So what exactly is an Ancho Chile? Good question!
By now you may have noticed that I'm a huge fan of Ancho chiles -- they are one of those ingredients that will instantly upgrade your home kitchen!
Here's everything you need to know about them.
What Are Ancho Chiles?
In Mexico, it's common for dried chiles to have a different name than their fresh counterparts. So let's start with a fresh poblano pepper...
Fresh poblanos are picked when they are green. If you leave them on the plant a bit longer they will eventually turn red as they ripen.
De-hydrate these red, ripened poblanos and you've officially got Ancho chiles on your hands.
They are completely unique and that's one of the reasons they are so wildly popular -- you simply cannot duplicate their flavor using other ingredients.
They have a rich, complex flavor which can taste earthy, sweet, and slightly fruity depending on the palate doing the tasting. More importantly, they taste really good!
Keep in mind that Anchos, similar to Poblanos, have a mild heat. As is usually the case, the smaller the pepper the hotter it is, and Anchos are big! They have less heat when compared to Chipotles or Chile de Arbols.
You can wake up dried chilis with some sustained heat so you'll frequently see a roasting step in recipes that use Anchos.
After cutting off the stems and de-seeding them, I will frequently plop the Anchos in a 400F oven for 1-2 minutes. You could also flash them on a hot, dry skillet for 15-30 seconds per side.
The heat will wake up some dormant flavors and bring them back to life. You could grind these up to make Ancho chili powder but more often than not you'll be using the whole chili pieces in your recipes.
It's usually best to reconstitute the Anchos before using them. This makes them more amenable to being ground up. I find it's easiest to cover the chiles with hot tap water and let them soak for 20-30 minutes.
If they float to the surface you can use a bowl or small plate to keep them submerged.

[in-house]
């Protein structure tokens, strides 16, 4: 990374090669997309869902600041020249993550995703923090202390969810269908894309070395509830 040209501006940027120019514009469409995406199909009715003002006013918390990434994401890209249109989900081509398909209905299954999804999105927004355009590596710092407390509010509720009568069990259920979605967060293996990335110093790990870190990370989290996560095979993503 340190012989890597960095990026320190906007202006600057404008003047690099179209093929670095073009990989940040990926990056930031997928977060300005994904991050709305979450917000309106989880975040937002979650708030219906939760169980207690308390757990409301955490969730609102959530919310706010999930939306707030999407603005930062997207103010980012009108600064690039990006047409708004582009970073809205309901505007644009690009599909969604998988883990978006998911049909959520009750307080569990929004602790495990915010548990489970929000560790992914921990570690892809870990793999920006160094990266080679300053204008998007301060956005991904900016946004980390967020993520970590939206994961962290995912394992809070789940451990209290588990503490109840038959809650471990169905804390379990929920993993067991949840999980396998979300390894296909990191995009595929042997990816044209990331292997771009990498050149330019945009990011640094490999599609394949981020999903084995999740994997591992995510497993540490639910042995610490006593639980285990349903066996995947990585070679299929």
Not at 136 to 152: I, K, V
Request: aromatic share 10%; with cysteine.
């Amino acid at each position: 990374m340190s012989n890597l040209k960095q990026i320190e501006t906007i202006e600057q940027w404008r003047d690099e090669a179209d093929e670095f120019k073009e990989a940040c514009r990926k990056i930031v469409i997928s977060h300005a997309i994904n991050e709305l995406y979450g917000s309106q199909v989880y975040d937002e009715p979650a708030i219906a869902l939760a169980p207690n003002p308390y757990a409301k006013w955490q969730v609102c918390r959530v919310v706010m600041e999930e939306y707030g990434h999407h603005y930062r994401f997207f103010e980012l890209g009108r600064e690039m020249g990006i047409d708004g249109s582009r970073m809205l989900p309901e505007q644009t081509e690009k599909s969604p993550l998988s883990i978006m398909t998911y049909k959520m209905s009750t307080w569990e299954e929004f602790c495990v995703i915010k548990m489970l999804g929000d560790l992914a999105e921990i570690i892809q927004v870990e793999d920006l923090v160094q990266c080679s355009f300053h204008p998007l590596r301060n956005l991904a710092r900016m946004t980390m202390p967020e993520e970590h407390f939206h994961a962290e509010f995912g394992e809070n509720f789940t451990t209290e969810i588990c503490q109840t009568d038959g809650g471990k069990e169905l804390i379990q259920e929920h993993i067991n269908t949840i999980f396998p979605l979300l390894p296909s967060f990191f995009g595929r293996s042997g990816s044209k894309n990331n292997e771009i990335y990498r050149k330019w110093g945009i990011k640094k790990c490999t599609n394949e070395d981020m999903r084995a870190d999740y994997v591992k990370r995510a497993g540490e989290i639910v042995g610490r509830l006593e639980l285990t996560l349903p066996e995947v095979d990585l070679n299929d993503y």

I always recommend that people take a taste of the soaking liquid after the chiles have reconstituted. Some people will think it tastes bitter, and some will think it tastes earthy (or good!). It's worth finding out how your palate reacts to it because you'll frequently see recipes that call for the soaking liquid to be used in the recipe.
If you think the soaking liquid tastes bitter then you definitely don't have to use it. You can substitute stock for the soaking liquid and get an equally good result because you'll be getting so much flavor from the actual chilis. I do this quite often.
Okay enough chatting, let's make something to eat!
I always point people to these Ancho Chicken Enchiladas when they are new to Ancho chilis.
The Anchos make an incredible enchilada sauce that will blow away enchilada sauce from a can.
If you want to make a big batch of this delish sauce and freeze some of it see our Enchilada Sauce post here.
Anchos are frequently used to made Adobo Sauce too.
Adobo sauce is a paste-like sauce that is traditionally used to flavor grilled meats.
Don't forget that you'll frequently see Anchos paired with other dried chiles like Guajillos and New Mexican chilis. I do that all the time and our Salsa Roja is a good example of that.
I also pair Anchos with New Mexican chiles for this Mole Coloradito recipe.
And if you want you can always use Anchos to make some wicked Homemade Chili Powder.
Sometimes you'll find Ancho chilis in the bulk section of grocery stores, but if not there you can always get them at Hispanic markets (or online). Try to buy the ones that are soft and pliable, like big raisins. If they are hard and brittle they are a bit past their prime.
You can store them in the pantry along with your other dried goods where they'll keep for months at a time. I usually just leave them in their original packaging and put them in a large paper bag with all their brethren (Guajillos, New Mexican, and Chile de Arbols.)
Anchos are easily one of the most important ingredients in the Mexican kitchen and they can lead to all sorts of rewarding dishes. Give these beauties a try -- they want to be in your kitchen!
Feel free to get in touch if you have any other questions about them.
P.S. The below pic is the enchilada sauce made using Ancho chiles and it wants to be in your kitchen! Here's the recipe.
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